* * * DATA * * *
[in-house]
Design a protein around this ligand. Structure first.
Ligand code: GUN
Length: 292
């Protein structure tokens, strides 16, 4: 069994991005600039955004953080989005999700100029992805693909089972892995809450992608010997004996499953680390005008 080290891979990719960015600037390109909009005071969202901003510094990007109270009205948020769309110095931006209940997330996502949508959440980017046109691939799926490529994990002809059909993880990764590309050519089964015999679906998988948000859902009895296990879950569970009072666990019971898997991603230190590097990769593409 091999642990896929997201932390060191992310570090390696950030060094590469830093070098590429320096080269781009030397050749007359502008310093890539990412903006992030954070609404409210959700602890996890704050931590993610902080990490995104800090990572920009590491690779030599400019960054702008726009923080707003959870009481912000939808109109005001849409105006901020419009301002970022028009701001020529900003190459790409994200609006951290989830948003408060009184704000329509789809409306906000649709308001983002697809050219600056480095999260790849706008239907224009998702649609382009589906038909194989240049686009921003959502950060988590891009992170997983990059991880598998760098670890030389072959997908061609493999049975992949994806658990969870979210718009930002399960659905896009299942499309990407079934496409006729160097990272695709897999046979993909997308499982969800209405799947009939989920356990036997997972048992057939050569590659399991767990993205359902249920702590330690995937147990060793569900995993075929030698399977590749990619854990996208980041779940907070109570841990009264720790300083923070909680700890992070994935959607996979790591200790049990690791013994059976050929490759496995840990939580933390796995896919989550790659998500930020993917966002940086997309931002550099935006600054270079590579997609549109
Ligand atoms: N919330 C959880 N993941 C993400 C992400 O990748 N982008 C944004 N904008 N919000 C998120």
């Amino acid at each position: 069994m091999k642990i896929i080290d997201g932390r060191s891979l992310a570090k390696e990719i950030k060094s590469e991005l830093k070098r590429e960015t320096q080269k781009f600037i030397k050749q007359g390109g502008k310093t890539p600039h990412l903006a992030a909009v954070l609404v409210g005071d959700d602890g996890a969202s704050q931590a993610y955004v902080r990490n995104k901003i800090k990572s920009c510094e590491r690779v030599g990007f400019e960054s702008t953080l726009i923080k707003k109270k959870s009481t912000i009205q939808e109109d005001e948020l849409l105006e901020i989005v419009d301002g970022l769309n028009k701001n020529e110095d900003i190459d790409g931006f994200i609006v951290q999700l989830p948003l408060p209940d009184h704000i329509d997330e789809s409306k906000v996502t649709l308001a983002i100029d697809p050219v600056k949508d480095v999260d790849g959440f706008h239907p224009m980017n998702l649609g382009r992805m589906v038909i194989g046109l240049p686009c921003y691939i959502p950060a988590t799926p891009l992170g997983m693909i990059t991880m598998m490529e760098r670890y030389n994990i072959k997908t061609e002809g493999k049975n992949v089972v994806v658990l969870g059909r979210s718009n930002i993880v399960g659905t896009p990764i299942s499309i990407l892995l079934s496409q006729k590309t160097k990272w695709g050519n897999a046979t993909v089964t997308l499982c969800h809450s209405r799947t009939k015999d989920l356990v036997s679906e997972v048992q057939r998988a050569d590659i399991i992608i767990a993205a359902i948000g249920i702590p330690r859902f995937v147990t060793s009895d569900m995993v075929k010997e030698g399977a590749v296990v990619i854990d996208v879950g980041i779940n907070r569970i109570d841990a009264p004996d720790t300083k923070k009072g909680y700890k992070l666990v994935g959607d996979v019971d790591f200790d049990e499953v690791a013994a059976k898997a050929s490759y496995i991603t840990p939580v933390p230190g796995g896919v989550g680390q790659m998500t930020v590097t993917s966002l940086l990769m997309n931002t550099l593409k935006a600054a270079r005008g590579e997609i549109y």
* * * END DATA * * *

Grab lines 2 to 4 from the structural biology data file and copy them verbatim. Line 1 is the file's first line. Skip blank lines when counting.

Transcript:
Design a protein around this ligand. Structure first.
Ligand code: GUN
Length: 292